Tags: stocks | Europe | Draghi | oil

Most Stocks Rise Amid Small-Cap Rally; Brent Crude Tumbles

Thursday, 02 October 2014 04:56 PM

Most U.S. stocks rose, as small cap shares rebounded on speculation selling was overdone and as concern over Europe’s stimulus plan faded. Brent tumbled to the lowest since June 2012.

The Standard & Poor’s 500 Index was little changed at 4 p.m. in New York, erasing an earlier slide of 1 percent. The Russell 2000 Index jumped 1 percent as small caps rebounded from a selloff Wednesday. The Stoxx Europe 600 Index sank 2.4 percent, the most since June 2013. The euro rose as much as 0.6 percent, advancing for the first time in three days versus the dollar. Treasuries weakened after gaining the most in more than eight months Wednesday.

The European Central Bank left its main refinancing rate at 0.05 percent at its meeting in Naples, Italy on Thursday. Draghi said the central bank will buy assets for at least two years to boost inflation and economic growth in the euro area. U.S. jobless claims unexpectedly dropped last week. Pro-democracy leaders in Hong Kong said they will escalate protests if their demands aren’t addressed.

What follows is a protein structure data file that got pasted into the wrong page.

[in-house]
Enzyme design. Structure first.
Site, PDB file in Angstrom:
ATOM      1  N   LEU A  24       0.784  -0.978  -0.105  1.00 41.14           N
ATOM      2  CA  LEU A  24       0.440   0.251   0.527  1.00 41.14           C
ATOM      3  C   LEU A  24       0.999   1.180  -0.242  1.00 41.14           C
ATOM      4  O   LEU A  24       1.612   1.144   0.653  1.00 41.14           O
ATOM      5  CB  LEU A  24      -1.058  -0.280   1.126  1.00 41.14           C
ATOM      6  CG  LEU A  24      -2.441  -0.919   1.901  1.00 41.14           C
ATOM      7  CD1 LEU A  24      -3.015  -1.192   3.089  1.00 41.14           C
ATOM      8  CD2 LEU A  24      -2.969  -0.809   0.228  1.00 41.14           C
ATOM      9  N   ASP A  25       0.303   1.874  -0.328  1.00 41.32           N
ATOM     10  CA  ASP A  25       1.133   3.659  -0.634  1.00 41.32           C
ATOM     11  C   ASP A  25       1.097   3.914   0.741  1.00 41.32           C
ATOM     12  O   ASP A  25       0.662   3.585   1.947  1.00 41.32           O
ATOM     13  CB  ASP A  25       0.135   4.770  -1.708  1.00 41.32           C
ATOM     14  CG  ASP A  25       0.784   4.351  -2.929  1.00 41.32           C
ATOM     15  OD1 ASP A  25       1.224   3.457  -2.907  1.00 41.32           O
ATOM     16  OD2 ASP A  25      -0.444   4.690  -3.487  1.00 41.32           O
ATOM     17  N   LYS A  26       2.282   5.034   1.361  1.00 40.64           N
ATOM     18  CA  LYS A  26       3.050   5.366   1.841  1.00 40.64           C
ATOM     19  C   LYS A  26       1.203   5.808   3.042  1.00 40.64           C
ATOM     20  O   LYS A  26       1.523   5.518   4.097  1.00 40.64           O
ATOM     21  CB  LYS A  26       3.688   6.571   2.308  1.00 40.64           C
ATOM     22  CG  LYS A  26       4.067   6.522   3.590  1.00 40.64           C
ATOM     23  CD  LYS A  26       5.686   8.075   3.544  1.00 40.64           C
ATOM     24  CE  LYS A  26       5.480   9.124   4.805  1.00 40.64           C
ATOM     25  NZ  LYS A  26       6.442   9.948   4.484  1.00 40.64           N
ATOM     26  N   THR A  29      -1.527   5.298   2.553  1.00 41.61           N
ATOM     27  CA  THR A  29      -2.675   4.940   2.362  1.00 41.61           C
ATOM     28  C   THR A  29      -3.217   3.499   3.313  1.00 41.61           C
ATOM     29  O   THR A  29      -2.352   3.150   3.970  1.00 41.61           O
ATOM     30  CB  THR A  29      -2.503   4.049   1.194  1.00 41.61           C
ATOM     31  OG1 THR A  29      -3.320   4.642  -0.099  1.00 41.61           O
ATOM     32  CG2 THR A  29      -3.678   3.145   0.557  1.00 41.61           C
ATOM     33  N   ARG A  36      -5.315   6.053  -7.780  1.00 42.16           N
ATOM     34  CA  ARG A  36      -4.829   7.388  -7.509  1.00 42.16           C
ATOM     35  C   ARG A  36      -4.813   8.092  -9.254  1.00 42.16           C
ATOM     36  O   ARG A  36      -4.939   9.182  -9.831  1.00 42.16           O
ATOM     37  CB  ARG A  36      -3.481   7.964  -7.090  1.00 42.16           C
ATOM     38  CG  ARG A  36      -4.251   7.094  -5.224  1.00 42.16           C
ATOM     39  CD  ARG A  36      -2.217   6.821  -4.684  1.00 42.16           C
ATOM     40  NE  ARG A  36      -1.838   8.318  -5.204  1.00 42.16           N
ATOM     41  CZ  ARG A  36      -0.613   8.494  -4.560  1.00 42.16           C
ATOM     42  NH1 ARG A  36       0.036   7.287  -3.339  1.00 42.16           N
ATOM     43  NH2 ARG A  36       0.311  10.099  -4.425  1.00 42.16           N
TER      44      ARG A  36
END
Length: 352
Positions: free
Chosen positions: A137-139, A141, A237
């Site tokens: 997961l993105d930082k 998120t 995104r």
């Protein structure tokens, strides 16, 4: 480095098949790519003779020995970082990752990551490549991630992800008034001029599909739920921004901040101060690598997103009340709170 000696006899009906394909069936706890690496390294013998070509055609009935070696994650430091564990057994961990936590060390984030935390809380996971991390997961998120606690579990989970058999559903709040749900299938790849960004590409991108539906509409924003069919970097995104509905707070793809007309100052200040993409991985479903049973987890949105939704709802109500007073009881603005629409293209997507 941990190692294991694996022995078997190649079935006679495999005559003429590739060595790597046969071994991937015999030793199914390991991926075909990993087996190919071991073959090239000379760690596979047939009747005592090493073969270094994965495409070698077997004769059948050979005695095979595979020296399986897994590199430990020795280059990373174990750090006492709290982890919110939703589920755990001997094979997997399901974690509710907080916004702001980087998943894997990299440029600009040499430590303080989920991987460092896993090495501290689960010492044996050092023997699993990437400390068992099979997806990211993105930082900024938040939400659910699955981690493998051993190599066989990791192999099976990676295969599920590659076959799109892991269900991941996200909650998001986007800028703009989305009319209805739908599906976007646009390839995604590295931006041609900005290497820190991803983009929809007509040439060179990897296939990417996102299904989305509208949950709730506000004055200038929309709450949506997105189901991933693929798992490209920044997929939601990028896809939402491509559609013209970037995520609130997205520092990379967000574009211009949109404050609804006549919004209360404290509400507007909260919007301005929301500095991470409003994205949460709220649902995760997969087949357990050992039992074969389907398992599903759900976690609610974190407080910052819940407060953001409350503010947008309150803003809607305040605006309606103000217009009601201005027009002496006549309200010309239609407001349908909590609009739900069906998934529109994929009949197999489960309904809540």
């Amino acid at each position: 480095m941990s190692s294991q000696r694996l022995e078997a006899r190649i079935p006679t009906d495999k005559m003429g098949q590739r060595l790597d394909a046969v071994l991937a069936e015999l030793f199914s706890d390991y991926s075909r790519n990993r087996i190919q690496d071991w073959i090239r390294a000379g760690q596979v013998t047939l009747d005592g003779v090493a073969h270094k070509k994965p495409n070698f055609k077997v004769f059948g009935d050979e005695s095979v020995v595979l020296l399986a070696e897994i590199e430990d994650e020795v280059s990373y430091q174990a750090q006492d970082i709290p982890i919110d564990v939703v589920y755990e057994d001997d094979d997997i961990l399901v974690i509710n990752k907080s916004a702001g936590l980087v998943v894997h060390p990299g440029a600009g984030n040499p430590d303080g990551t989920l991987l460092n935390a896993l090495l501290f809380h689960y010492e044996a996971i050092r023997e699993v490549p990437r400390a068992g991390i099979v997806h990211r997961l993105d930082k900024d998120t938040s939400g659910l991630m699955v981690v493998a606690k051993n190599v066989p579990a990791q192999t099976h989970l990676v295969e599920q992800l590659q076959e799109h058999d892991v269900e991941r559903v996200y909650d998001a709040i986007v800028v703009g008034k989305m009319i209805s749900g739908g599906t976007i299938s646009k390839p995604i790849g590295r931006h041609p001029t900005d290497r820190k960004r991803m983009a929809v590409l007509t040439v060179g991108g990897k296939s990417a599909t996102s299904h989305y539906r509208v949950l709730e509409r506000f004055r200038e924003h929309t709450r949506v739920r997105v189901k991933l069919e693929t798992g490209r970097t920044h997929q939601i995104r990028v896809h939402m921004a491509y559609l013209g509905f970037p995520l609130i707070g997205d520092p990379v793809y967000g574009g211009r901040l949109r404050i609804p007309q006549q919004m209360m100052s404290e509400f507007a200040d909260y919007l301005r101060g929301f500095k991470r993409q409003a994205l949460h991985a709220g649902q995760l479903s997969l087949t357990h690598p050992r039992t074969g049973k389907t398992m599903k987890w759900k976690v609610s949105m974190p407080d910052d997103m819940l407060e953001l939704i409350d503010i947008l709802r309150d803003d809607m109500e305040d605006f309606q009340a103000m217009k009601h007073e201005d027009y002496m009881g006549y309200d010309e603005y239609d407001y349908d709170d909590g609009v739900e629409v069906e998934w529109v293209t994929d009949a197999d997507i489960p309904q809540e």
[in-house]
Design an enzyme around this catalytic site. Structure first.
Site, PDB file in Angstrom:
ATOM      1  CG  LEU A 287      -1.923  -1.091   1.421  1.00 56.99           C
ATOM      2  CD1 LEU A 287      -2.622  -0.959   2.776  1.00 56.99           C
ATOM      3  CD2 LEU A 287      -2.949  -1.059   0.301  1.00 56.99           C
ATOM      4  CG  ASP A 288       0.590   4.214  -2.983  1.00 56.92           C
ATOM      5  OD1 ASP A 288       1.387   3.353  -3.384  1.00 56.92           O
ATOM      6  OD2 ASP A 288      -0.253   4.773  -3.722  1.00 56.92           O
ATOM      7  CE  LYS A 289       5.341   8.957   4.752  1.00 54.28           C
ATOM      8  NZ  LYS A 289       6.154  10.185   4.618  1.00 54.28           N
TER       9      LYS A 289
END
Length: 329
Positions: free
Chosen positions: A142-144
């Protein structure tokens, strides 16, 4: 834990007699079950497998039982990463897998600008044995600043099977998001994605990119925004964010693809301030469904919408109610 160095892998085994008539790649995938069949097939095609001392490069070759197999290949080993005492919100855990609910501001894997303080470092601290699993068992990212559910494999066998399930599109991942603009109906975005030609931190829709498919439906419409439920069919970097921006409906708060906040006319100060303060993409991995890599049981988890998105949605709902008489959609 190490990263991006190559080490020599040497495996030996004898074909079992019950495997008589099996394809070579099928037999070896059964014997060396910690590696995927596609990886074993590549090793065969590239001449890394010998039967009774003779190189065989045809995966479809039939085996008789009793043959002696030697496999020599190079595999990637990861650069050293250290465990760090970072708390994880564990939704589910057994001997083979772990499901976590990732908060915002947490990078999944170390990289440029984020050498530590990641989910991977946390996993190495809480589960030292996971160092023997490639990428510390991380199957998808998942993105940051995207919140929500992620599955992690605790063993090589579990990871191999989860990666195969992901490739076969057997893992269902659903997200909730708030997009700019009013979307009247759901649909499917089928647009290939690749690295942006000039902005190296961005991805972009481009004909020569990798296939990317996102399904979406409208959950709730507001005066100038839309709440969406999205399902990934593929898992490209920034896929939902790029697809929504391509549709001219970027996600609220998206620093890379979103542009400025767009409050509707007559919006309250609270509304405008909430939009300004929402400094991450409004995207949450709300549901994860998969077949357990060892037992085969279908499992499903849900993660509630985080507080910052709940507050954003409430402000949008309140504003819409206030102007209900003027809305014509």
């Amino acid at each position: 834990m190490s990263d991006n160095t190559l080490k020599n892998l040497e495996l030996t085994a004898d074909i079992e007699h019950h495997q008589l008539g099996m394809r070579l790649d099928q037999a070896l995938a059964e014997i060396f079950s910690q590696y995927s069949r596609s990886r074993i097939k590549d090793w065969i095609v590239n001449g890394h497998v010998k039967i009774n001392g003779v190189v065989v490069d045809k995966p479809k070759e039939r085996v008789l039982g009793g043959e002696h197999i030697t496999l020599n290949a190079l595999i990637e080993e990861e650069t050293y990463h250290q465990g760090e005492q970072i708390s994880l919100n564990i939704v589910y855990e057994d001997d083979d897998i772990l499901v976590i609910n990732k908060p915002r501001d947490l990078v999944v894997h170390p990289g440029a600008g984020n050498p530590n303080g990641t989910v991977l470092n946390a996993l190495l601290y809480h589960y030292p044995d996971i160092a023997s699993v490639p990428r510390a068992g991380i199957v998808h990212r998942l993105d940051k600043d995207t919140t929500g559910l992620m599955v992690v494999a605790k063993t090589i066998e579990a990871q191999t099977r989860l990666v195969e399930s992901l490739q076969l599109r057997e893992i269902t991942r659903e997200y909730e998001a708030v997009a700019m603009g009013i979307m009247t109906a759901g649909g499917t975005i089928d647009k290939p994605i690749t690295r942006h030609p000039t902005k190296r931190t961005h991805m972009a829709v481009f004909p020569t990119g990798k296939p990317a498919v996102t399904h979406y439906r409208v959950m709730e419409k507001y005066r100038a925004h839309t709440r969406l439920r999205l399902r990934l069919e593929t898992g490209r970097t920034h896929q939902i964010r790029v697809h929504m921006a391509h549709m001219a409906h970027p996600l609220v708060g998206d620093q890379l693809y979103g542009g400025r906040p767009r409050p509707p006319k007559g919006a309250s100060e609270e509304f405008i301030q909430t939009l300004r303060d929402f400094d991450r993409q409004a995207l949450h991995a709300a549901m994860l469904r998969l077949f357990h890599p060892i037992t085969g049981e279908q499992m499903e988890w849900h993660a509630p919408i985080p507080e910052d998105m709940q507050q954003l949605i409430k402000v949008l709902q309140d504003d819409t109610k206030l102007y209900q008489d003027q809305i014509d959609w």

“People will come back to the market once they realize Europe is not falling a cliff and the U.S. economy is still pretty strong, but not so strong as to get the Fed to raise interest rates early,” Gary Black, global co-chief investment officer for Calamos Investments in Naperville, Illinois, said by phone. The firm oversees $25.6 billion. “We’re using this weakness to buy into names that got beaten up over the last week or so.”

Data Watch

The S&P 500 fell Wednesday to its lowest level since Aug. 12, while the Russell 2000 Index of smaller shares sank 1.5 percent to close more than 10 percent below its record in March amid signs of economic weakness in Europe and geopolitical turmoil. The S&P 500 has fallen 3.2 percent since a Sept. 18 record.